Patti Smith's favourite novel, a cult rebel classic.
'My Albertine, how I adored her! Her luminous eyes led me through the darkness of my youth. She was my guide through the nights of one hundred sleeps. And now she is yours.'
At the age of twenty-one, a sad and hungry Patti Smith walked into a bookshop in Greenwich Village and decided to spend her last 99 cents on a novel that would change her life forever. The book was Astragal, by Albertine Sarrazin. Sarrazin was an enigmatic outsider who had spent time in jail and who wrote only two novels and a book of poems in her short life - she died the year before Patti found her book, at the age of twenty-nine.
Astragal tells the story of Anne, a young woman who breaks her ankle in a daring escape from prison. She makes it to a highway where she's picked up by a motorcyclist, Julien, who's also on the run. As they travel through nights and days together, they fall in love and must do whatever they can to survive, living their lives always on the edge of danger. A bewitching and timeless novel of youthful rebellion and romance, this new edition of Patsy Southgate's original translation includes an introduction by Patti Smith.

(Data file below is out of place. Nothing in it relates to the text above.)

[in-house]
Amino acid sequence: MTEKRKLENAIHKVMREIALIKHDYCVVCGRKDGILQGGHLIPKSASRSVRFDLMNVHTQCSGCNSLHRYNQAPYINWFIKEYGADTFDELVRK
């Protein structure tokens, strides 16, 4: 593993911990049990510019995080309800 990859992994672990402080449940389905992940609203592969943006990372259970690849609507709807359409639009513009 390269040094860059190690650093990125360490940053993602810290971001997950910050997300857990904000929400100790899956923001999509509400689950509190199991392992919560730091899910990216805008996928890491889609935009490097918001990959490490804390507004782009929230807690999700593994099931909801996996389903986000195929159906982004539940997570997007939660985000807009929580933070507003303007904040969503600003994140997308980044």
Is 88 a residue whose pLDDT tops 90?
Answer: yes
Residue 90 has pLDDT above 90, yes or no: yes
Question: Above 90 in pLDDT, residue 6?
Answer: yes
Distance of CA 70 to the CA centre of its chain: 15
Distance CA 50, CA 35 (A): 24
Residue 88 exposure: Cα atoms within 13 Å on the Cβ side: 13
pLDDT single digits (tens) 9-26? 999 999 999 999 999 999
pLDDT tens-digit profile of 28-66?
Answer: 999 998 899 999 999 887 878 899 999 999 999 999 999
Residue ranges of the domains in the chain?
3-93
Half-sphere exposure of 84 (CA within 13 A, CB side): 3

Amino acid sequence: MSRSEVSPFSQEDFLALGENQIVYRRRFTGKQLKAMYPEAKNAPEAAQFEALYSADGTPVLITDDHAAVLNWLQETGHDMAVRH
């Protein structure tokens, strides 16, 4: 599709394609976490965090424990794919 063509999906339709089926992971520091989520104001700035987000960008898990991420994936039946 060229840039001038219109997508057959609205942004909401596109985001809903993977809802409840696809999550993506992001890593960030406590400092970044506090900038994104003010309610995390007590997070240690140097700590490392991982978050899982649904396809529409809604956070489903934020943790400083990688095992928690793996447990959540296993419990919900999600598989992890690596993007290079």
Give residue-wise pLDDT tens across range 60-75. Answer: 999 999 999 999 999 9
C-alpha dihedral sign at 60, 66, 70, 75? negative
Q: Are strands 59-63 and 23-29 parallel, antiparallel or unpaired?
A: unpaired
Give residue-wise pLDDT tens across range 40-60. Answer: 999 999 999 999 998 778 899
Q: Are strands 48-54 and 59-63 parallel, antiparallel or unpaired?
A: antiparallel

Albertine Sarrazin (1937-67) was a French-Algerian writer. At an early age she abandoned her studies and turned to a life of crime and prostitution. She wrote her first two novels in prison and died at twenty-nine.
Patsy Southgate (1928-98) was an integral figure of both the 1950s Parisian literary scene and the New York School.
Patti Smith is a poet, performer, visual artist, and author of the National Book Award-winning memoir Just Kids. She has twelve albums, has had numerous gallery shows, and continues to give concerts of her music and poetry.
Allen and Unwin